January 5th, 2009
My first day in Big Bend National Park. Well, first day of work, my “entry on duty” or EOD for short. I am working as a biotech (grasslands management) and am a member of a four person team consisting of Jamie, Hilary, Christina, and myself.
My coworkers seem like a nice crew and I think I will have a good time with them. They are all from the east but have a long list of parks under their belts.
Today we planted at the “mosquito” site out on the old Terlingua Ranch property. We used a hydromulcher but spent much of our time waiting for the water truck to come. What an amazing spot. We were in the middle of a huge plain of creosote and crucifixion thorn which ended abruptly in a wall of barren mountains in any direction. The sky was a lattice work of scudding altostratus and was deciding whether or not it wanted to rain. (it hasn’t since September) The beauty here is so savage, raw, violent. Mountains are sharp and tooth-like, trees are scarce and are found almost only in the protective confines of the Chisos.
The sun is harsh and the shadows black, every moment is different and in the evenings the very air seems to glow.
I made my chili for dinner tonight and took some to Hilary since she had lent me her stewpot. It was a decent batch but needed more heat (maybe more chili powder?). I spent the evening straightening my trailer and it is beginning to feel slightly more liveable. In fact, I am going to bed. Early day tomorrow.
January 6th, 2009
First full day of fieldwork. I got up before dawn and made toast and coffee. I shrugged on my field uniform (green jeans, grey shirt, fleece, and ball cap). No badges or nameplates in this job. Just the basics.
I met my crew outside the ScRM building and we went to the maintenance yard to load the hydromulcher. The sun was just coming up and the creosote and sotol were backlit by crimson. It was really windy as we filled the mulcher and more of it went on the engine and crew than in the tank. Next came the breaking up of the mulch which we had to wear a mask and goggles to do. With the wind, it was a lot like being in a green tornado; our hair and clothing was immediately stained with green and my hair still had a green tint at the end of the day before I took my shower.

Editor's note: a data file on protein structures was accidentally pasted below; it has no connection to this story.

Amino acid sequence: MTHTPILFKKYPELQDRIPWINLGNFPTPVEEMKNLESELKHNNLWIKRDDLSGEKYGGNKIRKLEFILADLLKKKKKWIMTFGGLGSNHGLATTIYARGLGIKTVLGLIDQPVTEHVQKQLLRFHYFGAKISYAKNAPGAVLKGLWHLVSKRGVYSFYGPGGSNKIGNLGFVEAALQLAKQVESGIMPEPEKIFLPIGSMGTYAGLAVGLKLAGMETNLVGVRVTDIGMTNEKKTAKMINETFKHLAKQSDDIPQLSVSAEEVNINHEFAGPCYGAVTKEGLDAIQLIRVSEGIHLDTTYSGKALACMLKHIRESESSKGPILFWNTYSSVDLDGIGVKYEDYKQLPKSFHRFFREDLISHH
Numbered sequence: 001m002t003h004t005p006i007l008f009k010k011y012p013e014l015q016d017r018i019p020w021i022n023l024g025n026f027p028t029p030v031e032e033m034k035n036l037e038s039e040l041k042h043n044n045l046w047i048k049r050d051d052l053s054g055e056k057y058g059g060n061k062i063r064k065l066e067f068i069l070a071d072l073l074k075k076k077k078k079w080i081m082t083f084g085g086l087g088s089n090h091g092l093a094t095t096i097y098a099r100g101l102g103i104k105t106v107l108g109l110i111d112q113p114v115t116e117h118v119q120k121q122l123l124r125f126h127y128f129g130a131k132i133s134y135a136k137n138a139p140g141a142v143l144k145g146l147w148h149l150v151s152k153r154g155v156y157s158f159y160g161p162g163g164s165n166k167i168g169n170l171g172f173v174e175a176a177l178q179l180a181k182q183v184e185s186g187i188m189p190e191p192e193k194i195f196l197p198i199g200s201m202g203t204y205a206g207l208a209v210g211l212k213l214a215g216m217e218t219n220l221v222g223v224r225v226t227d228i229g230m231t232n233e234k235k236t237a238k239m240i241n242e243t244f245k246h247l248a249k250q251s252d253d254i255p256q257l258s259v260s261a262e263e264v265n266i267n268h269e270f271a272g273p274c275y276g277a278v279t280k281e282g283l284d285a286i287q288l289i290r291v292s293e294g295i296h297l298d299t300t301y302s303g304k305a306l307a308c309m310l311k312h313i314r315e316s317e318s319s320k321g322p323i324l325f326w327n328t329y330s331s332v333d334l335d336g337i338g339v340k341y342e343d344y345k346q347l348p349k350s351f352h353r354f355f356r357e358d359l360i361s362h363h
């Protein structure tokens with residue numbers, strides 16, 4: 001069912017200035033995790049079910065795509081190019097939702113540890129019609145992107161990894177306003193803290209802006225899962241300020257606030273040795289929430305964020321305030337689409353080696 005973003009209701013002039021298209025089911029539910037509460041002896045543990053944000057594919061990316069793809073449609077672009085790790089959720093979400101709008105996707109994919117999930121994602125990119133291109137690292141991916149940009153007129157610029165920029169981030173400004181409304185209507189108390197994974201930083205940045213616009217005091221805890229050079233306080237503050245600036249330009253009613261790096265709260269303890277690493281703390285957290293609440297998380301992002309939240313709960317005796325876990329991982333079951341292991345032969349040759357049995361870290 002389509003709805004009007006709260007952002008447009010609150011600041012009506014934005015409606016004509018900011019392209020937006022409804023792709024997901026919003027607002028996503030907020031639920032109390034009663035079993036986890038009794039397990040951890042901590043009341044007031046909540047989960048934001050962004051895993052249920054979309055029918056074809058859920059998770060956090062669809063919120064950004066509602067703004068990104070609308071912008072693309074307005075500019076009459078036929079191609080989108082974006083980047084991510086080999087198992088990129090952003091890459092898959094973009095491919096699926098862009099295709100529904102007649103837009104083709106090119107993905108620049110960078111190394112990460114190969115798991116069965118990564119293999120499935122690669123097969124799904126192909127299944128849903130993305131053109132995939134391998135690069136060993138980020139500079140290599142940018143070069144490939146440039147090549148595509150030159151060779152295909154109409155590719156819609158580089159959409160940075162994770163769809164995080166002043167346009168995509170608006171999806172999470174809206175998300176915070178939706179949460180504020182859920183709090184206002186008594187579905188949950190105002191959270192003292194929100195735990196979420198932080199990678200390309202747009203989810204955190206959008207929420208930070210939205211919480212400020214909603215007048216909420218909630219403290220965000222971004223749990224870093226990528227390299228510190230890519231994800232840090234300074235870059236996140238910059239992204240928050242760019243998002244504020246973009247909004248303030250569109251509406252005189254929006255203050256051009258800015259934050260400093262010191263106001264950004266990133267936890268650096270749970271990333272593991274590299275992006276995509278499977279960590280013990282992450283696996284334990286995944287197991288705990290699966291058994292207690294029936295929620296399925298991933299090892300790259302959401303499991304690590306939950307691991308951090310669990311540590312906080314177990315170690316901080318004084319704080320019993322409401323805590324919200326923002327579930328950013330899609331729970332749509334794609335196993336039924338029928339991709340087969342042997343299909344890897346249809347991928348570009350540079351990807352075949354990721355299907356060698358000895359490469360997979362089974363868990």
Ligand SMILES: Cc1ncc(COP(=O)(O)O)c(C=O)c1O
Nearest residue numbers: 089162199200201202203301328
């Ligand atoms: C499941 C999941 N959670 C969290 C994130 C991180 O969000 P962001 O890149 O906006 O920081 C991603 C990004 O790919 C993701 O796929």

I rode in the backseat of the truck on the way to the site and watched the barren hills slide past outside the window. We retrieved the UTV from the barn and I rode with Christina out to the mosquito site while she instructed me on the finer points of UTV operation.
We arrived at the site and I soon learned how to plow a line with the UTV as well. The wind was howling across the plain and we were all soon coated with pale dust (which complemented our green hair fairly well). Hilary and I worked with bandanas over our mouth and nose to keep out the grit, Jamie put a bandana around her head and when she and Hilary were driving the UTV in a cloud of dust, I was strongly reminded of Thelma and Louise.
The hydromulcher broke and Christina and I were unable to fix it, so we headed back to base. Turns out we hadn’t disengaged the clutch and it wouldn’t start because of that. Embarassing. Christina tended to the hydromulcher in the maintenance yard and the rest of us went to load a large trailer with spiny brush. After awhile, Hilary called a break and we all leaned against the trailer and watched the sun play across the mountains.
Though the wind continued to whip, I went for a run around the complex saying “hi” to employees out walking their dogs and looking at the park horses in the corral who looked back in a well fed sort of way.
The Javelinas were back in my area when I got back to my trailer and I watched my neighbor throw beer cans at them while I cooled down enough to go inside. I did a workout on my iron gym and then dragged my dusty and sweaty self into the shower where I watched the “remains of the day” spiral down the drain. Refreshed I heated up some chili and made a salad for dinner. After making tomorrow’s lunch, I settled down to drink tea and listen to Jimmy Buffet. Good (but tiring) day.
January 7th, 2009
A warm day at last! The hydromulcher broke early this morning and Jamie, Hilary, and I were sent to Rio Grande Village to cut brush.
We stopped at the dugout wells on the way down to RGV for a break, what a nice spot! It’s a small cattle tank and windmill pump that has provided a water source for a stand of water-loving cottonwoods and other sizeable trees. The Chisos glowed in the morning sun and the plain of creosote was sufficiently thick as to give the appearance of a verdant plain, with green or purple islands of prickly pear occasionally breaking the surface.
Our site at RGV was on the river on a portion of what used to be Sotol grassland and is now an overgrown forest of tamarisk, mesquite, and other strangling trees. Hilary and Jamie trained me in chainsaw ethics and safety and we had a lot of fun.
After work I went to the hot springs with Christina, Mark, and Joe and we soaked under the full moon and gazed across the river at silent Mexico. Good day.
January 8th, 2009
It is late and I am tired. I’ll be short.
Today was delightfully sunny and warm, and my crew and I worked on planting in the creosote flats all day. The air was clear, the sun bright, and we watched a shrike fly around during lunch as well as a variety of creatures attracted to our water truck leak—write more on that later.
Day went by fast without a hitch and I ran the loop after work. Meant to work out, but had Peace Corps interview. It’s between Africa and the Phillipines. Exciting. Hand numb from cell phone. Need bed. Friday tomorrow!